No, back from the wedge. When it reaches ground level again, it might be moving to the left or to the right, depending on relative masses. But it will be moving less to the right than the wedge is.
    PeroK meant that the sliding back down could be a reversal of the block's original direction.
     
  11. Dec 11, 2015 #10
    @haruspex
    I had a look at the details of the answer and I understood

    1. the energy is conserved and the momentum is conserved in the x direction
    2. the initial momentum of the wedge is zero and the the block's positive.(at t_1)
    3. the moment the block is at the top of the wedge it stops wrt the ground and shares the same horizontal velocity as that of the wedge.
    4. than the block slides down and its velocity is lower than what it began with because it got the wedge moving and the wedge's velocity is higher than at t_2

    I have calculated the velocities in terms of the block's initial velocity. And it is higher than at t_2 .
    force is not considered while solving so I don't understand this-
    "regardless of the direction of the block's motion the normal force always increases the momentum of the wedge and decreases that of the block".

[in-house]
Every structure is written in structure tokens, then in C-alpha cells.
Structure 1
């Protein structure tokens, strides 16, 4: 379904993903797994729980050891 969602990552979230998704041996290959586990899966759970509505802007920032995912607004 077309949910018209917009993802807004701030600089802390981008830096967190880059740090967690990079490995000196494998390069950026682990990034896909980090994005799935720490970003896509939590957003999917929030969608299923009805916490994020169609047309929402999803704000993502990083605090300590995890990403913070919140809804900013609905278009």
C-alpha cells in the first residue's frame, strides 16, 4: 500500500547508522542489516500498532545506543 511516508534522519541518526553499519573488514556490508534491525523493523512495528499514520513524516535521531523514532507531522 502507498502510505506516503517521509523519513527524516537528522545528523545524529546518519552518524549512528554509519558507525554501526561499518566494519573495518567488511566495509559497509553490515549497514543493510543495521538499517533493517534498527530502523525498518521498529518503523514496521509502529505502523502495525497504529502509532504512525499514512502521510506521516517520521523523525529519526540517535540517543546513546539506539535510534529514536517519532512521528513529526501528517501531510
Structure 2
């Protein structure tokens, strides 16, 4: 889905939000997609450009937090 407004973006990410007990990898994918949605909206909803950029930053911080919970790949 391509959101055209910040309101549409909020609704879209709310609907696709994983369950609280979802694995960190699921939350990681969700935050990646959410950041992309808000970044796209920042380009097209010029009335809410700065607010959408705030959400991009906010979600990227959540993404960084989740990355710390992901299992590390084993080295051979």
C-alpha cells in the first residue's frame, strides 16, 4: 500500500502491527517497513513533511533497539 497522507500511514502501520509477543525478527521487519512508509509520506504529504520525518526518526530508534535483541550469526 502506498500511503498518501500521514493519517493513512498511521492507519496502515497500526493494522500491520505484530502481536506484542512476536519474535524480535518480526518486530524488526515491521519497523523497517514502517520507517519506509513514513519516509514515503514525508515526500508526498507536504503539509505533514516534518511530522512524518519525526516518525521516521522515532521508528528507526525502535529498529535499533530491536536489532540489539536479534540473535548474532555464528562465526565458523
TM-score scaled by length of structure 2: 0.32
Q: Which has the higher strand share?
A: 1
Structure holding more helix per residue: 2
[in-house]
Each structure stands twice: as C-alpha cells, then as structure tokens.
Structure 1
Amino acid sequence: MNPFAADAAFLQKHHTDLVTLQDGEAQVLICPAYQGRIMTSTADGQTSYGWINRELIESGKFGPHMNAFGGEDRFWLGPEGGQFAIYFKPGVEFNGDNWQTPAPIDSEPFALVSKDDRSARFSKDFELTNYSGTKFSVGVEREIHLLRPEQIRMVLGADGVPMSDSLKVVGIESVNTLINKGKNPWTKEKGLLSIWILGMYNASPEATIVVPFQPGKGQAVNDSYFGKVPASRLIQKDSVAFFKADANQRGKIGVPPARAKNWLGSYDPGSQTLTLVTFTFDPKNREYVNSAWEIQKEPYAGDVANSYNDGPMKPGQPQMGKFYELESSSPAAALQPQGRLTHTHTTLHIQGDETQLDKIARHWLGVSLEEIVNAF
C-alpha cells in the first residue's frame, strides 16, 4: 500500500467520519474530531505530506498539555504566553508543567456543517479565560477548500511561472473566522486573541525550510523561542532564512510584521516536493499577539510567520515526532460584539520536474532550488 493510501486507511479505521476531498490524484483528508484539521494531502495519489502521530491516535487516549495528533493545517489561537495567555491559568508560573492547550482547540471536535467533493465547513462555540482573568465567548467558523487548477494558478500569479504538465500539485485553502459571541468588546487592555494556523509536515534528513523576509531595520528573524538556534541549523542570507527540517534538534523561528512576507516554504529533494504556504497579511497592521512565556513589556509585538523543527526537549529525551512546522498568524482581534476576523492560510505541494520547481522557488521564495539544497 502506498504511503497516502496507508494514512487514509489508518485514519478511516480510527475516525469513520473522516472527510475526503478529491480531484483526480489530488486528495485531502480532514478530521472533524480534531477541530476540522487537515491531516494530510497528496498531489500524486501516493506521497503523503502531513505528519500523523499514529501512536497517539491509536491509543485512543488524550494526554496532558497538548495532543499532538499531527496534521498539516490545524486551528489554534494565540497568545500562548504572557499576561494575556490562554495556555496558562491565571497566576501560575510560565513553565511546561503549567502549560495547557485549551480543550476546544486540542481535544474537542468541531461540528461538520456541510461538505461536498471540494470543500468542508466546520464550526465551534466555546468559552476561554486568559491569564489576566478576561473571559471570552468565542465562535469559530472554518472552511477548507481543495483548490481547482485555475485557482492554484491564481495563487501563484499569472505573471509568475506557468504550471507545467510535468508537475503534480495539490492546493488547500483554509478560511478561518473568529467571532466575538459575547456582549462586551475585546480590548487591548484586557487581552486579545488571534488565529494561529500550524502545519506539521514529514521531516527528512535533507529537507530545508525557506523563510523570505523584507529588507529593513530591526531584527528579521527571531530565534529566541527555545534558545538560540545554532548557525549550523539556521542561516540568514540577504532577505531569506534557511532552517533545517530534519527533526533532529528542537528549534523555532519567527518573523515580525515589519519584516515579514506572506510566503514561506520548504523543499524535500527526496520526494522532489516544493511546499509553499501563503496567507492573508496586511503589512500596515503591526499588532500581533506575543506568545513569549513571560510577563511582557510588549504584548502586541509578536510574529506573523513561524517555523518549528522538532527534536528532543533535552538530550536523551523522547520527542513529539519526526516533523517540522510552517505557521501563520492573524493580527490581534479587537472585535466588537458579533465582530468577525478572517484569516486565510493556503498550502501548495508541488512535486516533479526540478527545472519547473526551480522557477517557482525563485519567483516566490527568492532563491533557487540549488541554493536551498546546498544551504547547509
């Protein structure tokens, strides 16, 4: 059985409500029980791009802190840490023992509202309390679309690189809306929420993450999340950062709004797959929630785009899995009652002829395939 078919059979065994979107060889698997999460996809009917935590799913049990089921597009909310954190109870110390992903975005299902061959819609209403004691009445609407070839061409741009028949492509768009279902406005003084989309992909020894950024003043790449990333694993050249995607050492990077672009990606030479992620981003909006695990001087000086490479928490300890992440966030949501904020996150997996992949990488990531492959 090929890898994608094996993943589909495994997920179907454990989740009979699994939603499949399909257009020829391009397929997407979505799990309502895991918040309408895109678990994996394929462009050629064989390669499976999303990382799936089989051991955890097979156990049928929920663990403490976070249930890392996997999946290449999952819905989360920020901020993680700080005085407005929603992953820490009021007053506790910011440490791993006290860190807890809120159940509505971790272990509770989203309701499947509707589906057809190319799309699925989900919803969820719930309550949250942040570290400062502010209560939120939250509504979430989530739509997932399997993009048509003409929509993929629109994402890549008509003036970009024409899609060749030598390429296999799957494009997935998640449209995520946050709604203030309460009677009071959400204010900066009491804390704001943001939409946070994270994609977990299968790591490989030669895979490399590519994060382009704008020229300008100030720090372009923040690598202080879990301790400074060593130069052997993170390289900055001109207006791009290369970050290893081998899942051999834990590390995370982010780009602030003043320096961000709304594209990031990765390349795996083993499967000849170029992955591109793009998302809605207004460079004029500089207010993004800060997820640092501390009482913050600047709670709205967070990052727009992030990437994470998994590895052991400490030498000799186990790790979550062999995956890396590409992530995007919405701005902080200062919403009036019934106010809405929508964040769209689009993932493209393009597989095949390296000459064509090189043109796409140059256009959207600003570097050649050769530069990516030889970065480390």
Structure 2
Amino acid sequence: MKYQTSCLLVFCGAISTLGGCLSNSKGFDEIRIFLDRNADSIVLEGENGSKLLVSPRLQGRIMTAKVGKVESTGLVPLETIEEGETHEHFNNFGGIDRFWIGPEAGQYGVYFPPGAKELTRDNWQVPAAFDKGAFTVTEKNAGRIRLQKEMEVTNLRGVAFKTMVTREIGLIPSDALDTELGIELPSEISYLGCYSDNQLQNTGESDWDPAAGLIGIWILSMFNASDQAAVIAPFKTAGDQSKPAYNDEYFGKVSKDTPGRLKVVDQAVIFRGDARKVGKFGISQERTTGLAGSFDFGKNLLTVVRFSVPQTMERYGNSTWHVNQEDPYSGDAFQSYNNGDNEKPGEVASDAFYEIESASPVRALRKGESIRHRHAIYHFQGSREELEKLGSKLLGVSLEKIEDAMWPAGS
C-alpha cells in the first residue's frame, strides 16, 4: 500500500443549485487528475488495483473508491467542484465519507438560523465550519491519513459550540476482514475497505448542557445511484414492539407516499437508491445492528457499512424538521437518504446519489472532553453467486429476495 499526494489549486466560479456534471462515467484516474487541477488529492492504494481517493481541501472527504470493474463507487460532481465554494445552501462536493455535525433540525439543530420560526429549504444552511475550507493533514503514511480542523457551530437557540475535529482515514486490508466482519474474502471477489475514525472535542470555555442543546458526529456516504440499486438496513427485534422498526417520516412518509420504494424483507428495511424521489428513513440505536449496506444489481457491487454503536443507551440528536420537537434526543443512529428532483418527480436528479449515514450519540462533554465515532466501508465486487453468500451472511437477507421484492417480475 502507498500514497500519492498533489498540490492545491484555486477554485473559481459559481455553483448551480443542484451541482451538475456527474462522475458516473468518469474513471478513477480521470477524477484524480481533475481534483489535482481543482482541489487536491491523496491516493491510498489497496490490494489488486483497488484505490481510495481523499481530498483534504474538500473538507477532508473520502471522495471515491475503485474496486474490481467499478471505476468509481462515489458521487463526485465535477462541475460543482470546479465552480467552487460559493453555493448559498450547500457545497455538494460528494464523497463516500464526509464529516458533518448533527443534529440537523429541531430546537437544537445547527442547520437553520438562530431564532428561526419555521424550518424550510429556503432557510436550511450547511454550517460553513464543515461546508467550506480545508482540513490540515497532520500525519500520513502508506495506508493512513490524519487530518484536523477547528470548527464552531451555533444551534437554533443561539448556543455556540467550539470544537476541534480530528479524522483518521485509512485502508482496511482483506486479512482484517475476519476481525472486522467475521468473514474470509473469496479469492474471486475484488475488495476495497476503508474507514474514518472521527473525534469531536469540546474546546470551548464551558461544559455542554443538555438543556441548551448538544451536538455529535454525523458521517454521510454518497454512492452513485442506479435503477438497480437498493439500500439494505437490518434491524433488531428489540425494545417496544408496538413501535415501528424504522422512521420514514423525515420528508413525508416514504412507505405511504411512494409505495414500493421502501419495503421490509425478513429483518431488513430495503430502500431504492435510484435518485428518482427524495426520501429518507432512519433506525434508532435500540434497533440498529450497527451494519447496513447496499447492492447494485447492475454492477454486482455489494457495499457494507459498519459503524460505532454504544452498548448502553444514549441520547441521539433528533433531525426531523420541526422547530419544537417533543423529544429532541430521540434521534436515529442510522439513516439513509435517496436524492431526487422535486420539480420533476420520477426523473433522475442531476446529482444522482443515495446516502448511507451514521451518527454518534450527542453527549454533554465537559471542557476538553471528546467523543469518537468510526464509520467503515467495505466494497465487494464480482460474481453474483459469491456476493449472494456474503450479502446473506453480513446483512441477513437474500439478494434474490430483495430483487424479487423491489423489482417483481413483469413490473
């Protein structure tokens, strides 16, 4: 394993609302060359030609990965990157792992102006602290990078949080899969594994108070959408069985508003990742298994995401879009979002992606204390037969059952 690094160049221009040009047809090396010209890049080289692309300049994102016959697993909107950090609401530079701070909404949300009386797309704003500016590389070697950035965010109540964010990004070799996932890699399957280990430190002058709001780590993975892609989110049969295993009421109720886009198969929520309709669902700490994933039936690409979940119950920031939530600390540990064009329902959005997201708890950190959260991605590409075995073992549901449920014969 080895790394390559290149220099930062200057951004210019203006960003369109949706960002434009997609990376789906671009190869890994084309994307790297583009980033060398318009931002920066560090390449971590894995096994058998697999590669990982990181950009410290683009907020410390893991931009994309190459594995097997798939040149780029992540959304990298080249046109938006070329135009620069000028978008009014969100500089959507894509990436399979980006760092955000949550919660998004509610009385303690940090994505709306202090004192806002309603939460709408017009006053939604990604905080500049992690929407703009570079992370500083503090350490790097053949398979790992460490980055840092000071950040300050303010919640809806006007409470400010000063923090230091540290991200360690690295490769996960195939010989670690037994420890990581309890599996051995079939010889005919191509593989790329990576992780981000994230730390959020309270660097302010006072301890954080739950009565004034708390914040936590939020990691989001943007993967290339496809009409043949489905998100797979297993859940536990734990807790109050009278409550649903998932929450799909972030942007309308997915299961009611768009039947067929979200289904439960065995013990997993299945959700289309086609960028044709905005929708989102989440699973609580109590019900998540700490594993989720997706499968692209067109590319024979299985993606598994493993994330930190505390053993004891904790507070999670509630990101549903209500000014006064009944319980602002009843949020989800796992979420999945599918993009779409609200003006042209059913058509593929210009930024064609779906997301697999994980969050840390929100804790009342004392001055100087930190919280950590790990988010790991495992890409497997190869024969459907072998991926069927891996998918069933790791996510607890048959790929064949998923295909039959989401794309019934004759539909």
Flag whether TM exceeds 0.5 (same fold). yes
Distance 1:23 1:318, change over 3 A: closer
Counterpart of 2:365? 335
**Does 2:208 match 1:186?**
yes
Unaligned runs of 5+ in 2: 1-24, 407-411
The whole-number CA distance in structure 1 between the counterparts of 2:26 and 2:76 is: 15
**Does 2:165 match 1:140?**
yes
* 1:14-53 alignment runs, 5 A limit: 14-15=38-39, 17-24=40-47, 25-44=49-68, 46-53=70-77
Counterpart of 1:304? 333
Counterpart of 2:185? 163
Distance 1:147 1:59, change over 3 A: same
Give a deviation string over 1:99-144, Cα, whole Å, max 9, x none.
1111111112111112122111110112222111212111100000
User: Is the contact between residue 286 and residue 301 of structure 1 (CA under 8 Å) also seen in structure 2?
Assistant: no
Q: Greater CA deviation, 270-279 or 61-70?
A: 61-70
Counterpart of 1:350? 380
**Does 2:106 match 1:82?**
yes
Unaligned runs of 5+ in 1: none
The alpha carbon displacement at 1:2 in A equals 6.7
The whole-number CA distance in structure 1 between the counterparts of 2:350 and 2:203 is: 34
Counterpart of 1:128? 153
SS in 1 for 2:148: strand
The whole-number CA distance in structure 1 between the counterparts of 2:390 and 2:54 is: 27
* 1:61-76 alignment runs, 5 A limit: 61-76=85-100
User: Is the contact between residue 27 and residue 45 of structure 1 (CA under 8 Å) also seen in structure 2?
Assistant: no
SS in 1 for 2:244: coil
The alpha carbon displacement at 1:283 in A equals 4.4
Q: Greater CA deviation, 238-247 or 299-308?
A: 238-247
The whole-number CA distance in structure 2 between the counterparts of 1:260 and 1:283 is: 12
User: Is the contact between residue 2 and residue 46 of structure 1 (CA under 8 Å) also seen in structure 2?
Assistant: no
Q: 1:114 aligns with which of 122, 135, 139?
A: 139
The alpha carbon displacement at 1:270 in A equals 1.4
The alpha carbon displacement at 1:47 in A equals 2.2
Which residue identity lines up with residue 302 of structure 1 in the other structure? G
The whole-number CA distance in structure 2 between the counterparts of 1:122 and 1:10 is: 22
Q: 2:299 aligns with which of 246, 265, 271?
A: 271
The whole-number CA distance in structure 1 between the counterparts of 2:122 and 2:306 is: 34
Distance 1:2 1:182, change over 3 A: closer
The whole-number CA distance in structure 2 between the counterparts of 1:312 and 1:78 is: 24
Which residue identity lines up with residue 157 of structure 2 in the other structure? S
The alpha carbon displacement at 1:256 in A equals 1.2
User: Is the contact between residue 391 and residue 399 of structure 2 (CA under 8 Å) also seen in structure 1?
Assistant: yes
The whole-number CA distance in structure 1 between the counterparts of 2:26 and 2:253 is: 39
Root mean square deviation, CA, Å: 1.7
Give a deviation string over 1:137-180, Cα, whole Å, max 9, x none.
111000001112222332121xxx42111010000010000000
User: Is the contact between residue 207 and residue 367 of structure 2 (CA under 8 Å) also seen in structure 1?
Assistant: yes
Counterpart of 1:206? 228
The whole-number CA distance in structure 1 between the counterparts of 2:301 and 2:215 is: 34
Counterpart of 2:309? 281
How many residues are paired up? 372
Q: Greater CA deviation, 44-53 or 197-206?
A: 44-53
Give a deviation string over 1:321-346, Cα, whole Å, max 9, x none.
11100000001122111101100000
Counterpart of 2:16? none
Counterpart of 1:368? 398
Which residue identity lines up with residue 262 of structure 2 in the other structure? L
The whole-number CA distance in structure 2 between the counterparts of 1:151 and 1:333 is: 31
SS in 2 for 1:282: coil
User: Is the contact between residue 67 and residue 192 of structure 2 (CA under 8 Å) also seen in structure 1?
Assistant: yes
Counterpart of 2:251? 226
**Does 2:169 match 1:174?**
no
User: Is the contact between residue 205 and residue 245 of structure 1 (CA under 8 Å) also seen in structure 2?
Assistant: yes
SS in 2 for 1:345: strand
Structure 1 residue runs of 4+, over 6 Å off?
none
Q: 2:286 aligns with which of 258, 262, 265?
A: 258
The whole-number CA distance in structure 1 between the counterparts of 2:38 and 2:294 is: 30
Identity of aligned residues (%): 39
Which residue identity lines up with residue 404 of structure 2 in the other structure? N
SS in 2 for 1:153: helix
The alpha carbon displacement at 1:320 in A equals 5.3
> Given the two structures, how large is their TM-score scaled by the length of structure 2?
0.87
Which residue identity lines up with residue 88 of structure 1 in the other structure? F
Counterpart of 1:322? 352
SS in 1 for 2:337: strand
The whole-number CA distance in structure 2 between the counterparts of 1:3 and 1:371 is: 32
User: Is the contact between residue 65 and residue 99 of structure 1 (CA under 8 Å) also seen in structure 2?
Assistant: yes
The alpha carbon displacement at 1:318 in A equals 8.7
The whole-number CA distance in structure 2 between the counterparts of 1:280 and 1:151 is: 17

which normal force?
    because there is a normal force on the wedge due to the block and one on the block due to wedge (that's the reason why the momentum is conserved in the first place as they are internal to the system)

    Is the increase(for wedge) and decrease(for block) just because the N is to the right(for wedge) and to the left for block.
     
  12. Dec 11, 2015 #11

    haruspex

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    Stops wrt the wedge. Note that it also has no vertical velocity, so has the same total velocity as the wedge.
    Yes.
     
  13. Dec 11, 2015 #12
    sorry I meant wrt to the wedge it stops but as seen from the table it is moving with the wedge's velocity.

    and thanks!!